The 7’1” French man, Rudy Gobert, has been an interesting case ever since his debut in the NBA. It started in 2013 when Gobert was selected in the first round with the 27th overall pick by the Utah Jazz. The pick had some backlash as Utah already had two big-men on the roster, Derrick Favors (3rd overall, 2010) and Enes Kanter (3rd overall, 2011).
With the Gobert pick, it seemed imminent that a logjam in the frontcourt would occur.
In the two years prior to Gobert’s arrival, Kanter had not really displayed a great overall game, struggling mightily on the defensive side of the court. In the pre-draft measurements, Gobert had a measured wingspan of 7 feet and 8 ½ inches, a record for wingspan in the NBA.
Although he had physical measurements that were out of this world, his athleticism came into question. He was not as physically imposing for a seven-footer and his offensive game was far from polished. However, his defensive presence had NBA scouts drooling. With his incredible wingspan and defensive IQ, Gobert seemed to be the perfect rim-protector that NBA teams would desperately want on their team.
By drafting Gobert, Utah had committed to a low-risk, high-reward situation. Would Gobert be able to unseat either Favors or Kanter to become the prominent frontcourt star in Utah?
Utah apparently felt that way, shipping Enes Kanter to the Oklahoma City Thunder, paving the way for the Gobert Era.
What prompted Utah to pull the trigger? Well, Gobert has been an absolute beast this season defensively, and to put it lightly, Kanter has not. Kanter’s defensive inefficiencies heavily outweighed the mild offensive production he provided.
Gobert on the other hand is not the most offensively apt player (6.8 PPG), but defensively, Gobert can be considered elite.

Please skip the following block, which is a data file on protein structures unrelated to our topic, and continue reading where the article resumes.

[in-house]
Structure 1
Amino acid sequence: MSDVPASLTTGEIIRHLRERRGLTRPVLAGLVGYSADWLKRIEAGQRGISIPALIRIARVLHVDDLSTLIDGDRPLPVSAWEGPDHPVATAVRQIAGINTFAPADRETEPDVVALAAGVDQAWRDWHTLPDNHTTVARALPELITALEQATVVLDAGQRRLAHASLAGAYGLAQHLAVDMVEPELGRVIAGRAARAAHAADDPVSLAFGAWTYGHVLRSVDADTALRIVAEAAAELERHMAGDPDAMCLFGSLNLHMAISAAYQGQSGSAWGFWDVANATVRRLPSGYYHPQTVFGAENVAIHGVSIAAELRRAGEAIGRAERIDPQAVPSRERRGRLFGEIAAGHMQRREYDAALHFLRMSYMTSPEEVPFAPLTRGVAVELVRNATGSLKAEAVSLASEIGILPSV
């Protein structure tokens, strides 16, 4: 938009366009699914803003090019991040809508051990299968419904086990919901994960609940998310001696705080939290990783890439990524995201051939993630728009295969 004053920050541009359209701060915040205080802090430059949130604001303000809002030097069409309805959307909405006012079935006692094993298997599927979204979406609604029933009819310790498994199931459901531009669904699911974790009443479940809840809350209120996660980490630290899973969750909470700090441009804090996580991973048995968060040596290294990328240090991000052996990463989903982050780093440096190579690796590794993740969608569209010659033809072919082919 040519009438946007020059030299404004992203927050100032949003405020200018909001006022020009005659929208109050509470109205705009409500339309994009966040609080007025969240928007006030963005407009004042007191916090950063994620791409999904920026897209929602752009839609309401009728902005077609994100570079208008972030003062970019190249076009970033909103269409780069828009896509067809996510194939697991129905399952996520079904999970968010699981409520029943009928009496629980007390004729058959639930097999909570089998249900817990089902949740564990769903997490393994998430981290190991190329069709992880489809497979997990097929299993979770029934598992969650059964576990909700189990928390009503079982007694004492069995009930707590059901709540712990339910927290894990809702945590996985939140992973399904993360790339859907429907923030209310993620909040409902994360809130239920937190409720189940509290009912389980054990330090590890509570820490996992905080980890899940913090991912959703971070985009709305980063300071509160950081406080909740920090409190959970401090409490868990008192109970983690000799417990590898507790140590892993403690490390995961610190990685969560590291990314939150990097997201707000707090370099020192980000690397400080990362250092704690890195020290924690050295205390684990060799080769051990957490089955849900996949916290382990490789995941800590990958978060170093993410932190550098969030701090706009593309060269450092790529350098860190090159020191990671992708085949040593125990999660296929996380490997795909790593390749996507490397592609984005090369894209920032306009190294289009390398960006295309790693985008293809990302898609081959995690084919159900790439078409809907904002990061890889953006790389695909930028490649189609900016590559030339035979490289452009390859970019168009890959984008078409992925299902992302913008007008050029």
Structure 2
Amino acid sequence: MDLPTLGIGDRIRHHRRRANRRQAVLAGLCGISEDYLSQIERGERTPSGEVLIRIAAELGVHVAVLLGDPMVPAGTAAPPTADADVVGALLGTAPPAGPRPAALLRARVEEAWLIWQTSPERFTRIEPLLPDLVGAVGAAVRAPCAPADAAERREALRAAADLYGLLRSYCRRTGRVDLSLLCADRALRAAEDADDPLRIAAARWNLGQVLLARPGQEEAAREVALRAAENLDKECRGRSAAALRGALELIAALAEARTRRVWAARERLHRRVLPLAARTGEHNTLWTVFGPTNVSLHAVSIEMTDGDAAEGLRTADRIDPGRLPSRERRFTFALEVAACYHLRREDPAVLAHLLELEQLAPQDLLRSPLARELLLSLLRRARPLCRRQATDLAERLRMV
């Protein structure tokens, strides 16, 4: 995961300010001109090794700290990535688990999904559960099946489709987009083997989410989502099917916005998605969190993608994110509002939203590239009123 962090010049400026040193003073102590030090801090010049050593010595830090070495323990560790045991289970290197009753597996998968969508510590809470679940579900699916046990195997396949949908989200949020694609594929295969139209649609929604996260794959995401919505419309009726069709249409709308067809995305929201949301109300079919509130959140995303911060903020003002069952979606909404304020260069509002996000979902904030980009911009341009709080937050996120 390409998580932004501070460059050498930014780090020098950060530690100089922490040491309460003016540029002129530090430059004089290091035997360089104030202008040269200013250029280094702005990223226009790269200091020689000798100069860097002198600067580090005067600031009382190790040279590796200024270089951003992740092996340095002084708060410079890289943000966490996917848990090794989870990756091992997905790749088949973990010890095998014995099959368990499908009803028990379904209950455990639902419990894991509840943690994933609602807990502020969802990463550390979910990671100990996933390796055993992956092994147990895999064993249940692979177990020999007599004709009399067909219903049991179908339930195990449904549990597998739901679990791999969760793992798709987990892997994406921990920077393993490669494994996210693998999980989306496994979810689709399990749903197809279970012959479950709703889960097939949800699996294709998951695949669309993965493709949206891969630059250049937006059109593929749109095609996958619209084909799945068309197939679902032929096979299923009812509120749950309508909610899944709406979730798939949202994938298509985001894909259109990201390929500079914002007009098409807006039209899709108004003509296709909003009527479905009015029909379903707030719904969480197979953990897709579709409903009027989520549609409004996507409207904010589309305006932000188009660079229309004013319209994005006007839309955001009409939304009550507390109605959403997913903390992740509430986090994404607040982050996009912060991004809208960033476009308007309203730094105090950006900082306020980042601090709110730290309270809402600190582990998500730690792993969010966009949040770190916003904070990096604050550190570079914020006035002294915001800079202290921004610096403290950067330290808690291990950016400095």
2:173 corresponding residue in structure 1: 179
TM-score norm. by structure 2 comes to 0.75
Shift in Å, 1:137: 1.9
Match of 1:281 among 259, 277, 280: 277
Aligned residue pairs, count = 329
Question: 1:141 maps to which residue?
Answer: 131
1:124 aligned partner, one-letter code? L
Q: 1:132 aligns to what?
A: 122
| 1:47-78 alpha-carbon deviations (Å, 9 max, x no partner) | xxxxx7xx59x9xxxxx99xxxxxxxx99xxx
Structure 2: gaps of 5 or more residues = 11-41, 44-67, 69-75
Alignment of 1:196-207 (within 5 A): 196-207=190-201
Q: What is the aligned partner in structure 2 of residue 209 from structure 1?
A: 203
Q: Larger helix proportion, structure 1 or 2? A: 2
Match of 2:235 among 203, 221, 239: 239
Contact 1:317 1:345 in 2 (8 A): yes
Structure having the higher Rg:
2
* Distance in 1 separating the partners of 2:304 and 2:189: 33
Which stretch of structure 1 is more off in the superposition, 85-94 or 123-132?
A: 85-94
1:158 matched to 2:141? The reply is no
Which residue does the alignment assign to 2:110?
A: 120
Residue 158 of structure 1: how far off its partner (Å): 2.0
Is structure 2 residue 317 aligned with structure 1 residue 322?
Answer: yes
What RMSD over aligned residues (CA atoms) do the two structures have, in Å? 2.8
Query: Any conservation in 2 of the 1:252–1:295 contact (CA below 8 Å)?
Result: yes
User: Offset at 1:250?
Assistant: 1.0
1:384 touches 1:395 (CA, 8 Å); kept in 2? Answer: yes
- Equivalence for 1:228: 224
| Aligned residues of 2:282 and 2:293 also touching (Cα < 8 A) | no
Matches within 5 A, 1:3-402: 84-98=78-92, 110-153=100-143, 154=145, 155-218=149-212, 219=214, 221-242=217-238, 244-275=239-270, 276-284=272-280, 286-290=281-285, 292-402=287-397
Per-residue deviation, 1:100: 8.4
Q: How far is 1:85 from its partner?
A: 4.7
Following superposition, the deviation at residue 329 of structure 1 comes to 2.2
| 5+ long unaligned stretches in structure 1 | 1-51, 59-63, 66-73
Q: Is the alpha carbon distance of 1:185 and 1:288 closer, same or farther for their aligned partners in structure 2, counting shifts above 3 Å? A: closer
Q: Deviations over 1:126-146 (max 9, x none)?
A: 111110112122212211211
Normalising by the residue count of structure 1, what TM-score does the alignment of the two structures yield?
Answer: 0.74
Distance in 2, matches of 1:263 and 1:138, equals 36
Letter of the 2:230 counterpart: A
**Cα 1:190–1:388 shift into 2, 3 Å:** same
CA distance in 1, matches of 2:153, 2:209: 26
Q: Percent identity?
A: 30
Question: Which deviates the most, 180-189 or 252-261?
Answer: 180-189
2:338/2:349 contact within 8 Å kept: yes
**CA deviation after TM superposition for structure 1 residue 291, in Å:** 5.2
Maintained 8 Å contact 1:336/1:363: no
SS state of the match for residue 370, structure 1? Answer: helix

The sample size may be small, but he has displayed elite defensive potential that had Utah’s front office and coaching staff salivating during pre-draft events.
In the nine games that Gobert has started, he has recorded at least one block while averaging four blocks per game. He wreaked havoc in his most recent game against the Portland Trail Blazers, a game in which he started, recording five blocks and seven rebounds.
Anytime a frontcourt combination can hold LaMarcus Aldridge, one of the best frontcourt players in the league to 14-points, recognition should be given.
His defensive acumen is major factor. As mentioned before, Gobert doesn’t possess out-of-this-world athleticism that other dominant big men have such as DeAndre Jordan and Anthony Davis, forcing Gobert to utilize his IQ and length to be a force.
Gobert is amongst the league leaders in defensive categories. He is fourth in the league in total blocks, trailing the league-leader, DeAndre Jordan by 10 blocks. He is also fourth in the league in blocks per game, averaging 2.2.
What might be the most impressive about Gobert’s play is how effective he is when it comes to swatting away attempts. Gobert has the highest block percentage amongst all NBA players, blocking 8.1% of all two-point attempts headed his way.
What should impress you the most is that Gobert is doing all of this in just 21.9 minutes per game.
It’s evident that Gobert has elite potential as a defender similar to that of an Anthony Davis and DeAndre Jordan. His offensive game still has plenty of work to do.
Gobert wreaks the most havoc on the glass, which leads to his very limited offensive game. He has hauled in 144 offensive rebounds throughout the course of the season en route to averaging 6.8 points per game. However, whenever Gobert does have the ball in his hands, he makes to most of it knocking down 63 percent of his shots.
Very effective shooting by Gobert, which contributes mightily to his Player Efficiency Rating of 21.5, which is higher than notable NBA stars Damian Lillard, Jimmy Butler, Kyrie Irving, and Klay Thompson. You have to take into account the minutes Gobert plays (21.9), but it is still impressive nonetheless.
With the emergence of Gobert, Utah has sped up their rebuilding process. Already having a core of Gordon Hayward, Derrick Favors and Trey Burke, Utah has made positive moves in the right direction to bring championship basketball back to Salt Lake.
While this may not be the same “finding a diamond-in-the-rough” blessing that Miami is experiencing, it is still a nice reward for Utah putting faith in their young big-man. All there is left to do is groom this young man into the next elite defender, inching closer to the end of a rebuild.